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Natural Alternatives

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Naturally derived products are everywhere. The market has exploded with food items claiming all natural ingredients, clothing that uses no chemically processed fabrics or inks, and household cleaning products with no artificial ingredients. And, lest we not forget, there now exists a whole plethora of all natural fungicides, herbicides, and insecticides.

Keep in mind, as you examine your natural options, just because they're "all natural," that doesn't mean they're safe. Moreover, thanks to 'greenwashing' (an unfortunate trend of promoting supposed eco-safe products that may not actually be ecologically sensible or effective by using very sneaky descriptions, measurements and marketing), it's hard to tell what's what. You should do some homework with any product advertised to kill insects. As I've mentioned on this site, there are cases in which using natural products may be your best bet. The push to remove heavy metals, CFCs and asbestos from household products and environments illustrate the benefit of removing certain chemical additives in the hopes of improving health. However, plenty of natural and organic substances can be just as toxic and dangerous as their chemical cousins. (Ever hear of arsenic? Of course you have. It's natural! And it's everywhere - soil, water,'s one of the most common elements on our planet, and in large doses, it'll kill-ya-dead.)

So. You wanna use natural alternatives. Let's get down to it.


Pyrethrumpyrethrum is the general name used to describe the compounds derived from natural insecticides within chrysanthemum flowers (collectively known as "pyrethroids"). Varying in toxicity, this option has become quite popular for gardeners and nature lovers looking to utilize an option that may have less environmental impact. However, don't assume that because a product is of natural derivation that it's any safer than the synthetic options created in a lab. In fact, many people exhibit allergic reactions to pyrethroid compounds, and high doses of the natural toxin is lethal to a number of mammals, birds, fish, and desirable insects like bees. (For more information on Pyrethrumpyrethrum, see our Chemicals and Pesticides article.)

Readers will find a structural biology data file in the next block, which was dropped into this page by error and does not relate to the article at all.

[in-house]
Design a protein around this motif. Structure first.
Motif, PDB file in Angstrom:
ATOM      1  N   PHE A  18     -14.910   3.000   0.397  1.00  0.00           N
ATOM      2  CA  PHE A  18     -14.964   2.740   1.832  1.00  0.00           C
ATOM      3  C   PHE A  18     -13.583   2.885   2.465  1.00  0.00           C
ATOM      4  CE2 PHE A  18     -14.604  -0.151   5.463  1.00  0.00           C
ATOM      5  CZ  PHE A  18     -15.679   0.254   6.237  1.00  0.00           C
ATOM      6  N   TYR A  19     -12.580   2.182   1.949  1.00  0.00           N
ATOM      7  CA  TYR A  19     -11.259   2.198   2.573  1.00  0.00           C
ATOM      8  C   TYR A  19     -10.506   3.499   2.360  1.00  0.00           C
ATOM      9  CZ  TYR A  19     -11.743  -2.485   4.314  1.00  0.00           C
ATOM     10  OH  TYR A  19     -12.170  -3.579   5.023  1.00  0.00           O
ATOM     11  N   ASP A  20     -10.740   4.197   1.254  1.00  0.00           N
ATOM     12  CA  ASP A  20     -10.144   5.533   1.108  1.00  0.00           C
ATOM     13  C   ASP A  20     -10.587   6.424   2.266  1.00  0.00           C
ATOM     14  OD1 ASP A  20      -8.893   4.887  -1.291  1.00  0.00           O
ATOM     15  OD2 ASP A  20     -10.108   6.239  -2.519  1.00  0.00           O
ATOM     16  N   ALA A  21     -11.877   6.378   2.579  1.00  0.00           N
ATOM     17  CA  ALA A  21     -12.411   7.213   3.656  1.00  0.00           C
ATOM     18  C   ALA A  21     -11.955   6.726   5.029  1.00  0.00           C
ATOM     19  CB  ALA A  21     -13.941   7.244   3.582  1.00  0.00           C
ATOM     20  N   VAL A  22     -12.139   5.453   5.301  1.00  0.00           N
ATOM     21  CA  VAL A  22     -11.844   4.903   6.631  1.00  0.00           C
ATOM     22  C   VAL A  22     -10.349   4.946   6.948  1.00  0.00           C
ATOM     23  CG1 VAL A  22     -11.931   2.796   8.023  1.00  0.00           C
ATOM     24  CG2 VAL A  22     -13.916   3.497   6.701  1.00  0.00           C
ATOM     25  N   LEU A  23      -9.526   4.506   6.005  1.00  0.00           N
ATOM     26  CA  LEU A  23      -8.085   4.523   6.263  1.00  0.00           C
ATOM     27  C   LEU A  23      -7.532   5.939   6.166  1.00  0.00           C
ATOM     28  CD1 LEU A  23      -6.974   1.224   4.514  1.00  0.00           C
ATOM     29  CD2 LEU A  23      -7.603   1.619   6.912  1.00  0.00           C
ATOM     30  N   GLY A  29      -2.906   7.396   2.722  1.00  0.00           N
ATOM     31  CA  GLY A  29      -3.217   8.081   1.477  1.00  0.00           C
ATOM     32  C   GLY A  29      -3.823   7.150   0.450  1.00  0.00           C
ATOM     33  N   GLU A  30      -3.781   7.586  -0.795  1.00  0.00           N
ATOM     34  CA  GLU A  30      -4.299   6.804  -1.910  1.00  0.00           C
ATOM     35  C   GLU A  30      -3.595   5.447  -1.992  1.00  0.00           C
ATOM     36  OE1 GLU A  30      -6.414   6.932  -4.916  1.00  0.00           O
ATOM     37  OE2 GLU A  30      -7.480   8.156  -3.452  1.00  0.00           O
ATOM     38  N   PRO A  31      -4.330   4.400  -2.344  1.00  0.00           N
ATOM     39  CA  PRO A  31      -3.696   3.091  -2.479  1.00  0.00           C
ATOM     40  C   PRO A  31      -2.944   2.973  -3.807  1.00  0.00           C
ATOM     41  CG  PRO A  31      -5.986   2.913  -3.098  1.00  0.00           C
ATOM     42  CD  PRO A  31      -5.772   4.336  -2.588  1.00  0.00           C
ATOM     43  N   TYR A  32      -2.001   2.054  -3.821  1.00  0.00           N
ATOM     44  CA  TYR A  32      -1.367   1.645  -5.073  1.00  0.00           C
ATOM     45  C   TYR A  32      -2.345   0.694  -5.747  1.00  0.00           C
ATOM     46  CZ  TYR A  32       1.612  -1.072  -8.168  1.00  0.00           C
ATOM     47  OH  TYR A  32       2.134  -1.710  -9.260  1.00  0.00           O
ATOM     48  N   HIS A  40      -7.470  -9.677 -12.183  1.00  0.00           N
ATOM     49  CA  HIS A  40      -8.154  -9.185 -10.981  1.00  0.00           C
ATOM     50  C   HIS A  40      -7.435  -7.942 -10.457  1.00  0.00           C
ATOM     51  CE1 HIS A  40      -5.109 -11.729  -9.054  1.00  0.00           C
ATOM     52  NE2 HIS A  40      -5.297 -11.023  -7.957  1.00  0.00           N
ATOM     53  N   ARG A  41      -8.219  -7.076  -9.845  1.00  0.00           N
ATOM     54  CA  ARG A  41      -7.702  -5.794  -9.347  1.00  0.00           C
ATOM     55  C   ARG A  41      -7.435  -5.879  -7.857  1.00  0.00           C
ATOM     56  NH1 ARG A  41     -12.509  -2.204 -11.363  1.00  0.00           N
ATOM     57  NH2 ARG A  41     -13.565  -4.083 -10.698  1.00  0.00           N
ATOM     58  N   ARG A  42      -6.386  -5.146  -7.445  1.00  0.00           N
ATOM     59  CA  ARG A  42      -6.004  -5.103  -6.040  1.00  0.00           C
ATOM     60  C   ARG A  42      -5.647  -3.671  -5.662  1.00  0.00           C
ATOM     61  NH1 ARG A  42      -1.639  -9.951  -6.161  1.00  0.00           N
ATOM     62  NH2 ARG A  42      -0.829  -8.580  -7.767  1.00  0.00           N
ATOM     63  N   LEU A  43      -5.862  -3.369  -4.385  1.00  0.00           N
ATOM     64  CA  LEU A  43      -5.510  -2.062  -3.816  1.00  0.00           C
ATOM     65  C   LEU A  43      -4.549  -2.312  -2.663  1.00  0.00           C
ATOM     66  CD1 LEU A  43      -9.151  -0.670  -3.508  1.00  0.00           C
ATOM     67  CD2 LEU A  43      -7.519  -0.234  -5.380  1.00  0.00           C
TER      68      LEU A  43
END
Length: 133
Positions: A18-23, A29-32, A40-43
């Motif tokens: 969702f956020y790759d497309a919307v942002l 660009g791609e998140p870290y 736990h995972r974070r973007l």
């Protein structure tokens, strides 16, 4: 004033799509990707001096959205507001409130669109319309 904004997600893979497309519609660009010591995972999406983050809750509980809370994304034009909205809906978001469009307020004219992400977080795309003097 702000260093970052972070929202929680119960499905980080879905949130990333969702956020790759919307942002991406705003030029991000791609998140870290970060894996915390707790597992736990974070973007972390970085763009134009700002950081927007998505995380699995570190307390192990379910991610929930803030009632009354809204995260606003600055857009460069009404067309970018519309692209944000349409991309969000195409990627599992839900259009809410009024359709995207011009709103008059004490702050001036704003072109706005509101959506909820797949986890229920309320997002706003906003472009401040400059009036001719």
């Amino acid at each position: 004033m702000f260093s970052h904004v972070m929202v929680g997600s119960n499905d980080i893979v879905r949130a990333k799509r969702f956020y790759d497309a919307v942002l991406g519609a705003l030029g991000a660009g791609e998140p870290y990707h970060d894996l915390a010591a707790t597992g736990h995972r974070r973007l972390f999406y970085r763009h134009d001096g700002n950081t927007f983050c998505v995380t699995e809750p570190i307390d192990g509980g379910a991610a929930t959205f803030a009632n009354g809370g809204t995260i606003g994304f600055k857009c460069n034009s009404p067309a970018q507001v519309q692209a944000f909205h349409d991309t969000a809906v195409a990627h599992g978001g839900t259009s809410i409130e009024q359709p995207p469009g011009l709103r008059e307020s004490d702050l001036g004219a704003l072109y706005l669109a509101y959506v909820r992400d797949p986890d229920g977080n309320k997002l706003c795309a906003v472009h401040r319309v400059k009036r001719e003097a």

Insecticidal Soap

Many new Insecticidal Soapsinsecticidal soap are available, touting a natural means of killing and/or repelling stink bugs and other insects. Most of these soaps use an ingredient consisting of potassium salts of fatty acids. This can be highly effective at killing particular insects through dehydration, with high levels of efficacy in killing eggs and larvae. Of course, the trick there is finding the eggs and larvae.

Orange & Citrus Extract Sprays

The makers of Orange GuardOrange Guard , Home Pest Control, claim their products' ingredients are all safe to be used around food, humans and pets. The primary, active ingredient seems to be a solvent called d-Limonene, a "steam-distilled byproduct of citrus peels, entirely of natural origin." Reviews of this product on the web seem to be mostly positive.

Sugar Esters

Products like SucraShieldSucraShield have recently become available, which use an extracted sugar ester which coats and suffocates soft-bodied insects. Unfortunately, that means this product will have little to no effectiveness in killing adult stink bugs, but it should work well in killing eggs, larvae and pupae. Pairing a product like SucraShieldSucraShield with Orange GuardOrange Guard could prove highly effective in combatting the brown marmorated at any age.

Neem Oil

Neem, or Indian Lilac, is a type of evergreen tree that that produces fruit and seed from which an oil can be extracted. This extract, neem oil, has proven effective in repelling a variety of insects including bedbugs, roaches and anecdotally, stink bugs. Neem Oilneem oil is commercially available under a few names, but one of the more popular products is the Garden Plus Neem Oil Extract . While not known to be harmful to mammals, some evidence shows that it may be associated with liver damage and pregnant women should avoid handling neem products.